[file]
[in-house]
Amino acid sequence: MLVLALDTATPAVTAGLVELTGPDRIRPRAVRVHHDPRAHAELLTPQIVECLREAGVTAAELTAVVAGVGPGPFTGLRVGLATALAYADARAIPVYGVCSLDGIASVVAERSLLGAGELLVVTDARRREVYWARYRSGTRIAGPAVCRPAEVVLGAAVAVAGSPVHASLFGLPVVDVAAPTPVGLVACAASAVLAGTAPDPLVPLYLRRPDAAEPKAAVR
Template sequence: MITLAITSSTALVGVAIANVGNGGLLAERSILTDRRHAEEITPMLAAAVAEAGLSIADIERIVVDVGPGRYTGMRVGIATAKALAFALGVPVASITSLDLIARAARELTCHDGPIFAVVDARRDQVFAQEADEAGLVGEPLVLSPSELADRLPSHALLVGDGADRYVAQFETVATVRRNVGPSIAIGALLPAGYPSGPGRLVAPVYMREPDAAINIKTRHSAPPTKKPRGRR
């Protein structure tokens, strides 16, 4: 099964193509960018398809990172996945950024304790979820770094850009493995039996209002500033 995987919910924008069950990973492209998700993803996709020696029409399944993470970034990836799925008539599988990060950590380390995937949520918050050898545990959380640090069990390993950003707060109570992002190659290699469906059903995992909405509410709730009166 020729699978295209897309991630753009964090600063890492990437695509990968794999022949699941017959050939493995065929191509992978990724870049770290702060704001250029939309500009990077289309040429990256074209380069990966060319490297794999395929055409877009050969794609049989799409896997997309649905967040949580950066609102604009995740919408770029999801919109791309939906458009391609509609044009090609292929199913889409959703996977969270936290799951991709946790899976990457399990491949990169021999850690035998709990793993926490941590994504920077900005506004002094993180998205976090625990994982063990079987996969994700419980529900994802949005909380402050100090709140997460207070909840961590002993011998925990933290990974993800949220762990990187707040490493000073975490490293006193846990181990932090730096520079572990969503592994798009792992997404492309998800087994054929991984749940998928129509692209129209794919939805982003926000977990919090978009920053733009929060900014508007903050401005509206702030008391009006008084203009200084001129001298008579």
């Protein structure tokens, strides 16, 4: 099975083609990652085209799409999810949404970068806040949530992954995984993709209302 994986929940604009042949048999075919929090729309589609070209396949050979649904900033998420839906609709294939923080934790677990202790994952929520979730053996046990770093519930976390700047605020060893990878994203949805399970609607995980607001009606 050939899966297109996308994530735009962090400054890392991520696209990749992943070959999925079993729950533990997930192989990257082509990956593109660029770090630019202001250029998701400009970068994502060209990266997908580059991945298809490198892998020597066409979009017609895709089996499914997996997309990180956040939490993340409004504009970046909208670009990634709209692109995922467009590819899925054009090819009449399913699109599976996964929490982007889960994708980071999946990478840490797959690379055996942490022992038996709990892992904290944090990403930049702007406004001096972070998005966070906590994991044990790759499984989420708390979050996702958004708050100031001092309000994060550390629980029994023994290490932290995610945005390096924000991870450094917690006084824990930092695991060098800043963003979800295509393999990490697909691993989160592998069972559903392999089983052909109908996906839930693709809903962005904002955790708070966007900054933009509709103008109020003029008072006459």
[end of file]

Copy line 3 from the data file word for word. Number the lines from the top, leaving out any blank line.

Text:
Template sequence: MITLAITSSTALVGVAIANVGNGGLLAERSILTDRRHAEEITPMLAAAVAEAGLSIADIERIVVDVGPGRYTGMRVGIATAKALAFALGVPVASITSLDLIARAARELTCHDGPIFAVVDARRDQVFAQEADEAGLVGEPLVLSPSELADRLPSHALLVGDGADRYVAQFETVATVRRNVGPSIAIGALLPAGYPSGPGRLVAPVYMREPDAAINIKTRHSAPPTKKPRGRR